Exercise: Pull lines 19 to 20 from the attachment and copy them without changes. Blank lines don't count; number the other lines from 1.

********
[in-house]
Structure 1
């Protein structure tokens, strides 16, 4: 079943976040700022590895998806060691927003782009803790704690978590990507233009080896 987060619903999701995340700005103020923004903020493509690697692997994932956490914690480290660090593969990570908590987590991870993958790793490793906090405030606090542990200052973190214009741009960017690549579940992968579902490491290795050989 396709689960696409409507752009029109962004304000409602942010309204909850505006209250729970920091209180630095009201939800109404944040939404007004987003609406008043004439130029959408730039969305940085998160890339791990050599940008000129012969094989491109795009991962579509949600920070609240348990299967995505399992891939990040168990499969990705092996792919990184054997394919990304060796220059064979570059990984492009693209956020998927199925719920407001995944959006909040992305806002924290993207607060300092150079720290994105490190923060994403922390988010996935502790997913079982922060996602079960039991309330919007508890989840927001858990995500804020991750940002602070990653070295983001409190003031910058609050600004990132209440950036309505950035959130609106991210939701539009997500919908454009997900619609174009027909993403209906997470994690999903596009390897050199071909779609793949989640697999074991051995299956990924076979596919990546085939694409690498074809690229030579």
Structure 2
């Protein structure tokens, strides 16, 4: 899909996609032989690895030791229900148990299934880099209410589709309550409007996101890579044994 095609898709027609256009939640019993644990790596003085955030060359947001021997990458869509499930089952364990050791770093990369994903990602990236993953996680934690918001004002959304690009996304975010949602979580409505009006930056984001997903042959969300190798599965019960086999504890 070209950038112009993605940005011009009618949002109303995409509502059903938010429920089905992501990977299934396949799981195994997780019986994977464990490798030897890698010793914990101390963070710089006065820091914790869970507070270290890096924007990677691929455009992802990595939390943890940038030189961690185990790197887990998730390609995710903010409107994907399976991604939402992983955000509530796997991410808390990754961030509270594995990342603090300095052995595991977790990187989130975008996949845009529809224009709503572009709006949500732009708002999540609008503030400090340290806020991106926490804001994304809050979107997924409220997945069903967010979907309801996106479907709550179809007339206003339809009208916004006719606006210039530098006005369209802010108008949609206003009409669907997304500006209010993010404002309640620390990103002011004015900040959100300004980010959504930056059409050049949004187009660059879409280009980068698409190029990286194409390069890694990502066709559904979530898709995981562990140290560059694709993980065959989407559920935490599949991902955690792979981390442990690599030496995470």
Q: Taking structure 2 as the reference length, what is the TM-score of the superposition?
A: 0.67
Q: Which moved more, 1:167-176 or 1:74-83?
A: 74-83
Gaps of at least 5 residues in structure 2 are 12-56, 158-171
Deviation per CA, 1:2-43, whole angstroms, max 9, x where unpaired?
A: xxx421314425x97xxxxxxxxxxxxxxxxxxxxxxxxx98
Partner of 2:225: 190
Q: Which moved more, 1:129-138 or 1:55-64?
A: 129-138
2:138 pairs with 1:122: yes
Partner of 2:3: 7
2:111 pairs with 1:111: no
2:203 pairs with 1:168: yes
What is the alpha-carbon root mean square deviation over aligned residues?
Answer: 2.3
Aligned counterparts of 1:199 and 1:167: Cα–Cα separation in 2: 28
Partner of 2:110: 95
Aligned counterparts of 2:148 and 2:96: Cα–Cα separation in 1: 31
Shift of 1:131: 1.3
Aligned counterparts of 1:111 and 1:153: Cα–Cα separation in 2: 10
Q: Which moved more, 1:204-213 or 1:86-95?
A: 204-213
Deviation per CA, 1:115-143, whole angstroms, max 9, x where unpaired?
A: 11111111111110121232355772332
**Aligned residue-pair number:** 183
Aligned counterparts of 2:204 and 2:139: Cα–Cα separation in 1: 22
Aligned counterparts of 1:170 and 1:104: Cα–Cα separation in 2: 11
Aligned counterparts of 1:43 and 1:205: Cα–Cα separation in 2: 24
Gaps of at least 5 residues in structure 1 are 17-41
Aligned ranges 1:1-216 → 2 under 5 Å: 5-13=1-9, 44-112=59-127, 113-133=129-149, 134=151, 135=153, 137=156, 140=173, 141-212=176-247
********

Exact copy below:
2:203 pairs with 1:168: yes
What is the alpha-carbon root mean square deviation over aligned residues?